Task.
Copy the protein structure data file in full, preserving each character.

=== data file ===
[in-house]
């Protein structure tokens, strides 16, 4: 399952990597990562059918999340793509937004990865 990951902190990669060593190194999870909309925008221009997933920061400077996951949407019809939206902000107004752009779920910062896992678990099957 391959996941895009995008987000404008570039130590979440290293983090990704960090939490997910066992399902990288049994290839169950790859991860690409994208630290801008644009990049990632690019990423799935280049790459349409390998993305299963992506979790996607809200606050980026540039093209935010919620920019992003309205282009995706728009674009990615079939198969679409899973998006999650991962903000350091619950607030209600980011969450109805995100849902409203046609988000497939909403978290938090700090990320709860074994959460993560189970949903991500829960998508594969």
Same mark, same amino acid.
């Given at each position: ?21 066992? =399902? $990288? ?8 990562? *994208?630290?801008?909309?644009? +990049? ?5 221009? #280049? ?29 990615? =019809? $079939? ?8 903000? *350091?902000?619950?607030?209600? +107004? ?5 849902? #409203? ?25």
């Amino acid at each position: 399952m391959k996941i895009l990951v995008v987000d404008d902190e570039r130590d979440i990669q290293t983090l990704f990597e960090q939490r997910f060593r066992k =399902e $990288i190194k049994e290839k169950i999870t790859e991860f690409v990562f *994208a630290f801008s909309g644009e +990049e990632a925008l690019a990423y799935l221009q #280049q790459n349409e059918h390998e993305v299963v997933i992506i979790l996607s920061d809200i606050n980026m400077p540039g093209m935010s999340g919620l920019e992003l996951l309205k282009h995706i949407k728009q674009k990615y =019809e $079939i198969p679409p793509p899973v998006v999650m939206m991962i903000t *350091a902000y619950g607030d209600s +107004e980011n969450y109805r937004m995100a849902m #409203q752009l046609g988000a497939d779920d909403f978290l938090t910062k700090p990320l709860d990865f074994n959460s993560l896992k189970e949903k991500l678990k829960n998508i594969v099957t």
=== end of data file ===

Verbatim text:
[in-house]
């Protein structure tokens, strides 16, 4: 399952990597990562059918999340793509937004990865 990951902190990669060593190194999870909309925008221009997933920061400077996951949407019809939206902000107004752009779920910062896992678990099957 391959996941895009995008987000404008570039130590979440290293983090990704960090939490997910066992399902990288049994290839169950790859991860690409994208630290801008644009990049990632690019990423799935280049790459349409390998993305299963992506979790996607809200606050980026540039093209935010919620920019992003309205282009995706728009674009990615079939198969679409899973998006999650991962903000350091619950607030209600980011969450109805995100849902409203046609988000497939909403978290938090700090990320709860074994959460993560189970949903991500829960998508594969």
Same mark, same amino acid.
């Given at each position: ?21 066992? =399902? $990288? ?8 990562? *994208?630290?801008?909309?644009? +990049? ?5 221009? #280049? ?29 990615? =019809? $079939? ?8 903000? *350091?902000?619950?607030?209600? +107004? ?5 849902? #409203? ?25």
């Amino acid at each position: 399952m391959k996941i895009l990951v995008v987000d404008d902190e570039r130590d979440i990669q290293t983090l990704f990597e960090q939490r997910f060593r066992k =399902e $990288i190194k049994e290839k169950i999870t790859e991860f690409v990562f *994208a630290f801008s909309g644009e +990049e990632a925008l690019a990423y799935l221009q #280049q790459n349409e059918h390998e993305v299963v997933i992506i979790l996607s920061d809200i606050n980026m400077p540039g093209m935010s999340g919620l920019e992003l996951l309205k282009h995706i949407k728009q674009k990615y =019809e $079939i198969p679409p793509p899973v998006v999650m939206m991962i903000t *350091a902000y619950g607030d209600s +107004e980011n969450y109805r937004m995100a849902m #409203q752009l046609g988000a497939d779920d909403f978290l938090t910062k700090p990320l709860d990865f074994n959460s993560l896992k189970e949903k991500l678990k829960n998508i594969v099957t």